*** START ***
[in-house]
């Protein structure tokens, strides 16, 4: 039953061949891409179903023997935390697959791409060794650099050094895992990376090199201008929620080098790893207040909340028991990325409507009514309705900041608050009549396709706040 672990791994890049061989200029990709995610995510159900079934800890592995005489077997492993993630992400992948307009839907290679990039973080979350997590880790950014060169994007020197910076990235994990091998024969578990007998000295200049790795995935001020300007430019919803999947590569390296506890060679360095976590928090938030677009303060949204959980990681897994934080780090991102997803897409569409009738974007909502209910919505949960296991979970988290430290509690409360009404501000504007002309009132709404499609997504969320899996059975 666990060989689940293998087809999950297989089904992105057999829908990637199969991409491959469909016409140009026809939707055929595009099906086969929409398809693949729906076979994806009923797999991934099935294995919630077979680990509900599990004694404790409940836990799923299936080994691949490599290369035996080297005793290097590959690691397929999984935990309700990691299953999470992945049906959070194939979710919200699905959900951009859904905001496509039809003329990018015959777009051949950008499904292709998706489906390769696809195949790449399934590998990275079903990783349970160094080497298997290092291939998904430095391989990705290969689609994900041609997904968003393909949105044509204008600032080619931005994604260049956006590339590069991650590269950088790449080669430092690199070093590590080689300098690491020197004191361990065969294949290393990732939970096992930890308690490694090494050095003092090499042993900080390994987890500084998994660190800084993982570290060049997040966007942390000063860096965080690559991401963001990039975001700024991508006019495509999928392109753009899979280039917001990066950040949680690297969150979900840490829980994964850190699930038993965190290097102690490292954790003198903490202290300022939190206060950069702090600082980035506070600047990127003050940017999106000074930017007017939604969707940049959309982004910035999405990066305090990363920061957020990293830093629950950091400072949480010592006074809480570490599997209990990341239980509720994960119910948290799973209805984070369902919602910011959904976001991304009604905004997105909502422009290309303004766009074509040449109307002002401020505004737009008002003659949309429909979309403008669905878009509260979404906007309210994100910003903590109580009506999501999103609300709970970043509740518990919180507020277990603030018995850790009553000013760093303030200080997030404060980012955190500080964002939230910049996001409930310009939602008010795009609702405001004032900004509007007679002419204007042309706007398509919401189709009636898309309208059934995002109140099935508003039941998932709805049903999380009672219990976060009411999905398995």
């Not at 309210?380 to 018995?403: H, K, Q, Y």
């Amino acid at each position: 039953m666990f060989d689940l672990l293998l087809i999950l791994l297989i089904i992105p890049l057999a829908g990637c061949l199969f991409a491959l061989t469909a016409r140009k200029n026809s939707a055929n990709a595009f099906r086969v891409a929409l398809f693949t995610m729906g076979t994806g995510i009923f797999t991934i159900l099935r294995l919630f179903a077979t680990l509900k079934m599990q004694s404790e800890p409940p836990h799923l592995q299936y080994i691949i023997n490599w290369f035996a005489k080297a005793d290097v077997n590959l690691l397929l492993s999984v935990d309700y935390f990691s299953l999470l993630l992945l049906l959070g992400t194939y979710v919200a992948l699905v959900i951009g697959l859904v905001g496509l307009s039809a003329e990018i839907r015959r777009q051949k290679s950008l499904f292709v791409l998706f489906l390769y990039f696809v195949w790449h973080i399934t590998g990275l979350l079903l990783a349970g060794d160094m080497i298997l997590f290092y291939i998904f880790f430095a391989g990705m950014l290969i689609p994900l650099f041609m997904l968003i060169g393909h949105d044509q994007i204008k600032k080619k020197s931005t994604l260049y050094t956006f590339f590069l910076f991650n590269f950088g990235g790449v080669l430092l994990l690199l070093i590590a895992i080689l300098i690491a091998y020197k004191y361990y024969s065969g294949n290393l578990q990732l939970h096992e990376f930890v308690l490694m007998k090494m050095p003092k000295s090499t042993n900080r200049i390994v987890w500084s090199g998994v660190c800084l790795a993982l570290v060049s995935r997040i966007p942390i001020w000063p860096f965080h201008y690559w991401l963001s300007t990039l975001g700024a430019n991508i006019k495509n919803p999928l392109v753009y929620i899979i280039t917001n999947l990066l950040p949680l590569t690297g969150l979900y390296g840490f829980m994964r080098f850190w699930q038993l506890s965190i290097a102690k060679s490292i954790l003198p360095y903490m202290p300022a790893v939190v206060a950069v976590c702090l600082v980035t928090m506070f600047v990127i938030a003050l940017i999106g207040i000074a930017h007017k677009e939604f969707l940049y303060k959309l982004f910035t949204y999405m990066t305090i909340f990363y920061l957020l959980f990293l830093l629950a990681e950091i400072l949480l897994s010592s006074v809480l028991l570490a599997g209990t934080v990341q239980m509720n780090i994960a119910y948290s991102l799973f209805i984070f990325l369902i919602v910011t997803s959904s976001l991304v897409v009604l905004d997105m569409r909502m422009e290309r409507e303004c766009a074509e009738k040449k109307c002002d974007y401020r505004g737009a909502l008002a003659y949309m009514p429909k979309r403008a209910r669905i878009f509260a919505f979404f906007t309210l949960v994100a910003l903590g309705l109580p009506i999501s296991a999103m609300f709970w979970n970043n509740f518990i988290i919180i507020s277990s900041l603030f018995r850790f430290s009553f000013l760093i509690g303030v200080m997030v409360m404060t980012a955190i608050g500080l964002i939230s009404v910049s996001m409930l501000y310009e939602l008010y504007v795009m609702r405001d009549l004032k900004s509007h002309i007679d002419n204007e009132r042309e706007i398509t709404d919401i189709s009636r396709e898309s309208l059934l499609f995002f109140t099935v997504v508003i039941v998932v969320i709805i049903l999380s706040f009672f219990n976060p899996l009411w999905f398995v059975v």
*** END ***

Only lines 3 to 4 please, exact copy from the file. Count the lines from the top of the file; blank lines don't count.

């Not at 309210?380 to 018995?403: H, K, Q, Y």
């Amino acid at each position: 039953m666990f060989d689940l672990l293998l087809i999950l791994l297989i089904i992105p890049l057999a829908g990637c061949l199969f991409a491959l061989t469909a016409r140009k200029n026809s939707a055929n990709a595009f099906r086969v891409a929409l398809f693949t995610m729906g076979t994806g995510i009923f797999t991934i159900l099935r294995l919630f179903a077979t680990l509900k079934m599990q004694s404790e800890p409940p836990h799923l592995q299936y080994i691949i023997n490599w290369f035996a005489k080297a005793d290097v077997n590959l690691l397929l492993s999984v935990d309700y935390f990691s299953l999470l993630l992945l049906l959070g992400t194939y979710v919200a992948l699905v959900i951009g697959l859904v905001g496509l307009s039809a003329e990018i839907r015959r777009q051949k290679s950008l499904f292709v791409l998706f489906l390769y990039f696809v195949w790449h973080i399934t590998g990275l979350l079903l990783a349970g060794d160094m080497i298997l997590f290092y291939i998904f880790f430095a391989g990705m950014l290969i689609p994900l650099f041609m997904l968003i060169g393909h949105d044509q994007i204008k600032k080619k020197s931005t994604l260049y050094t956006f590339f590069l910076f991650n590269f950088g990235g790449v080669l430092l994990l690199l070093i590590a895992i080689l300098i690491a091998y020197k004191y361990y024969s065969g294949n290393l578990q990732l939970h096992e990376f930890v308690l490694m007998k090494m050095p003092k000295s090499t042993n900080r200049i390994v987890w500084s090199g998994v660190c800084l790795a993982l570290v060049s995935r997040i966007p942390i001020w000063p860096f965080h201008y690559w991401l963001s300007t990039l975001g700024a430019n991508i006019k495509n919803p999928l392109v753009y929620i899979i280039t917001n999947l990066l950040p949680l590569t690297g969150l979900y390296g840490f829980m994964r080098f850190w699930q038993l506890s965190i290097a102690k060679s490292i954790l003198p360095y903490m202290p300022a790893v939190v206060a950069v976590c702090l600082v980035t928090m506070f600047v990127i938030a003050l940017i999106g207040i000074a930017h007017k677009e939604f969707l940049y303060k959309l982004f910035t949204y999405m990066t305090i909340f990363y920061l957020l959980f990293l830093l629950a990681e950091i400072l949480l897994s010592s006074v809480l028991l570490a599997g209990t934080v990341q239980m509720n780090i994960a119910y948290s991102l799973f209805i984070f990325l369902i919602v910011t997803s959904s976001l991304v897409v009604l905004d997105m569409r909502m422009e290309r409507e303004c766009a074509e009738k040449k109307c002002d974007y401020r505004g737009a909502l008002a003659y949309m009514p429909k979309r403008a209910r669905i878009f509260a919505f979404f906007t309210l949960v994100a910003l903590g309705l109580p009506i999501s296991a999103m609300f709970w979970n970043n509740f518990i988290i919180i507020s277990s900041l603030f018995r850790f430290s009553f000013l760093i509690g303030v200080m997030v409360m404060t980012a955190i608050g500080l964002i939230s009404v910049s996001m409930l501000y310009e939602l008010y504007v795009m609702r405001d009549l004032k900004s509007h002309i007679d002419n204007e009132r042309e706007i398509t709404d919401i189709s009636r396709e898309s309208l059934l499609f995002f109140t099935v997504v508003i039941v998932v969320i709805i049903l999380s706040f009672f219990n976060p899996l009411w999905f398995v059975v």